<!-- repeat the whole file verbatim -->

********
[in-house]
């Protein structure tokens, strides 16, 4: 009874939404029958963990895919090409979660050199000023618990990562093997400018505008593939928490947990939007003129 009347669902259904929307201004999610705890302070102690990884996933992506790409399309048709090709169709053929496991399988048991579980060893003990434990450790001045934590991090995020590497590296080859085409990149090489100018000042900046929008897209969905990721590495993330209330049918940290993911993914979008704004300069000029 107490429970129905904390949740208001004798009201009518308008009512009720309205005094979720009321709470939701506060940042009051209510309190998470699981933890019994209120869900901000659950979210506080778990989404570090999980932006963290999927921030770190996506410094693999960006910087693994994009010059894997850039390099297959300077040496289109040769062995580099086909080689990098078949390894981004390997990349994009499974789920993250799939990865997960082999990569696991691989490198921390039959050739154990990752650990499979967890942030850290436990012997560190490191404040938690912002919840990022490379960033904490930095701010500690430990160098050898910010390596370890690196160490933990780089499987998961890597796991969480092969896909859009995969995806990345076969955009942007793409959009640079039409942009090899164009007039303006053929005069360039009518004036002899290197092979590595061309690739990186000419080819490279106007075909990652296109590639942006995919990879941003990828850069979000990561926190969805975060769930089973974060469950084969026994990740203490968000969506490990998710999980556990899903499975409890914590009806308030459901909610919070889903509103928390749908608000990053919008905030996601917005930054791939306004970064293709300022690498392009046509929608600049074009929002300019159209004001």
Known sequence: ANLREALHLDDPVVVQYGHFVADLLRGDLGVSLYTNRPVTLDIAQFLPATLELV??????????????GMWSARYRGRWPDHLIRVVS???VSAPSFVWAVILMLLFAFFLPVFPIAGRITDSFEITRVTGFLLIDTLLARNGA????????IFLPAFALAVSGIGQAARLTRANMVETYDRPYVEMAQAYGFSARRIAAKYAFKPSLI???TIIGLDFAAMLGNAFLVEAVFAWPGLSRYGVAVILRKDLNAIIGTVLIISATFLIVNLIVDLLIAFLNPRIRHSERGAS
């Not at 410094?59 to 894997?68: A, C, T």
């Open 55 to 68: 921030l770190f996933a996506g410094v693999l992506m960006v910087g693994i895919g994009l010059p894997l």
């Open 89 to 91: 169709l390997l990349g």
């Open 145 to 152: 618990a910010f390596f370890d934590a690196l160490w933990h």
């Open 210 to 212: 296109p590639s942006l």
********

[in-house]
């Protein structure tokens, strides 16, 4: 009874939404029958963990895919090409979660050199000023618990990562093997400018505008593939928490947990939007003129 009347669902259904929307201004999610705890302070102690990884996933992506790409399309048709090709169709053929496991399988048991579980060893003990434990450790001045934590991090995020590497590296080859085409990149090489100018000042900046929008897209969905990721590495993330209330049918940290993911993914979008704004300069000029 107490429970129905904390949740208001004798009201009518308008009512009720309205005094979720009321709470939701506060940042009051209510309190998470699981933890019994209120869900901000659950979210506080778990989404570090999980932006963290999927921030770190996506410094693999960006910087693994994009010059894997850039390099297959300077040496289109040769062995580099086909080689990098078949390894981004390997990349994009499974789920993250799939990865997960082999990569696991691989490198921390039959050739154990990752650990499979967890942030850290436990012997560190490191404040938690912002919840990022490379960033904490930095701010500690430990160098050898910010390596370890690196160490933990780089499987998961890597796991969480092969896909859009995969995806990345076969955009942007793409959009640079039409942009090899164009007039303006053929005069360039009518004036002899290197092979590595061309690739990186000419080819490279106007075909990652296109590639942006995919990879941003990828850069979000990561926190969805975060769930089973974060469950084969026994990740203490968000969506490990998710999980556990899903499975409890914590009806308030459901909610919070889903509103928390749908608000990053919008905030996601917005930054791939306004970064293709300022690498392009046509929608600049074009929002300019159209004001």
Known sequence: ANLREALHLDDPVVVQYGHFVADLLRGDLGVSLYTNRPVTLDIAQFLPATLELV??????????????GMWSARYRGRWPDHLIRVVS???VSAPSFVWAVILMLLFAFFLPVFPIAGRITDSFEITRVTGFLLIDTLLARNGA????????IFLPAFALAVSGIGQAARLTRANMVETYDRPYVEMAQAYGFSARRIAAKYAFKPSLI???TIIGLDFAAMLGNAFLVEAVFAWPGLSRYGVAVILRKDLNAIIGTVLIISATFLIVNLIVDLLIAFLNPRIRHSERGAS
């Not at 410094?59 to 894997?68: A, C, T």
């Open 55 to 68: 921030l770190f996933a996506g410094v693999l992506m960006v910087g693994i895919g994009l010059p894997l």
């Open 89 to 91: 169709l390997l990349g």
């Open 145 to 152: 618990a910010f390596f370890d934590a690196l160490w933990h």
């Open 210 to 212: 296109p590639s942006l």